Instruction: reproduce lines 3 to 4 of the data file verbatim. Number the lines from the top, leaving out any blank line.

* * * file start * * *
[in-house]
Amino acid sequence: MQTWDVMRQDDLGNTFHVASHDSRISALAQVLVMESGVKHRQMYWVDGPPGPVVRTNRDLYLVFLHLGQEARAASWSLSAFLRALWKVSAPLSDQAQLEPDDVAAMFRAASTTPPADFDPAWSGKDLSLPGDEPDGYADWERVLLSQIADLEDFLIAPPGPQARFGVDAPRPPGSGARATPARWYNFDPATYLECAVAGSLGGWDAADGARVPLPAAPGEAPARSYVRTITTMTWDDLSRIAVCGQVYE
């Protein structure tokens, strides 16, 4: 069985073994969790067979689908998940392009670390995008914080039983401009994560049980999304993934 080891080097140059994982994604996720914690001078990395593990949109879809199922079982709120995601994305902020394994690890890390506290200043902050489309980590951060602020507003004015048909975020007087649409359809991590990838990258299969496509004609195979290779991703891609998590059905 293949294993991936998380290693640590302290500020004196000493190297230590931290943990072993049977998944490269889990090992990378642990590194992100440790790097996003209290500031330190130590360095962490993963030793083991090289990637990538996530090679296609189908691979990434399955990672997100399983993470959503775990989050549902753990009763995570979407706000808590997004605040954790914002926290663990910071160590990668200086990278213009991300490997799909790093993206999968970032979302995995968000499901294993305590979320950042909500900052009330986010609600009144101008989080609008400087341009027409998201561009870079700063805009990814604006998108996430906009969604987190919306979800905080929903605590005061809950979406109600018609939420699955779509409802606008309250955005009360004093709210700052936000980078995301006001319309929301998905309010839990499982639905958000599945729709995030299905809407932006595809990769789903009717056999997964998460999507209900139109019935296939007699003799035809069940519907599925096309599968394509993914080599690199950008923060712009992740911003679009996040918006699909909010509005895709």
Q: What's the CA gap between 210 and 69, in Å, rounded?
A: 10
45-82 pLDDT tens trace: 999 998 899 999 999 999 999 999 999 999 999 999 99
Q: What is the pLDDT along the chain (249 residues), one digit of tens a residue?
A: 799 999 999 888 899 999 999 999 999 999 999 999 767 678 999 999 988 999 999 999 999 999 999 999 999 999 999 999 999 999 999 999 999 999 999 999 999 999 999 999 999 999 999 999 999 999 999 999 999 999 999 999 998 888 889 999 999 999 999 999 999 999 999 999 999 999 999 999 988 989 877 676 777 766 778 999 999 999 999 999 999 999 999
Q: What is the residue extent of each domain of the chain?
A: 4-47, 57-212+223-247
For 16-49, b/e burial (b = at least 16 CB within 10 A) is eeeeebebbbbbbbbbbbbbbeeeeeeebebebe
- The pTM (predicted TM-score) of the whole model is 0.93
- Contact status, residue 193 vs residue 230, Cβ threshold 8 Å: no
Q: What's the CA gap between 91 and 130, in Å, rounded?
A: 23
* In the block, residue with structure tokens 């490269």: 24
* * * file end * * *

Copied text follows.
């Protein structure tokens, strides 16, 4: 069985073994969790067979689908998940392009670390995008914080039983401009994560049980999304993934 080891080097140059994982994604996720914690001078990395593990949109879809199922079982709120995601994305902020394994690890890390506290200043902050489309980590951060602020507003004015048909975020007087649409359809991590990838990258299969496509004609195979290779991703891609998590059905 293949294993991936998380290693640590302290500020004196000493190297230590931290943990072993049977998944490269889990090992990378642990590194992100440790790097996003209290500031330190130590360095962490993963030793083991090289990637990538996530090679296609189908691979990434399955990672997100399983993470959503775990989050549902753990009763995570979407706000808590997004605040954790914002926290663990910071160590990668200086990278213009991300490997799909790093993206999968970032979302995995968000499901294993305590979320950042909500900052009330986010609600009144101008989080609008400087341009027409998201561009870079700063805009990814604006998108996430906009969604987190919306979800905080929903605590005061809950979406109600018609939420699955779509409802606008309250955005009360004093709210700052936000980078995301006001319309929301998905309010839990499982639905958000599945729709995030299905809407932006595809990769789903009717056999997964998460999507209900139109019935296939007699003799035809069940519907599925096309599968394509993914080599690199950008923060712009992740911003679009996040918006699909909010509005895709």
Q: What's the CA gap between 210 and 69, in Å, rounded?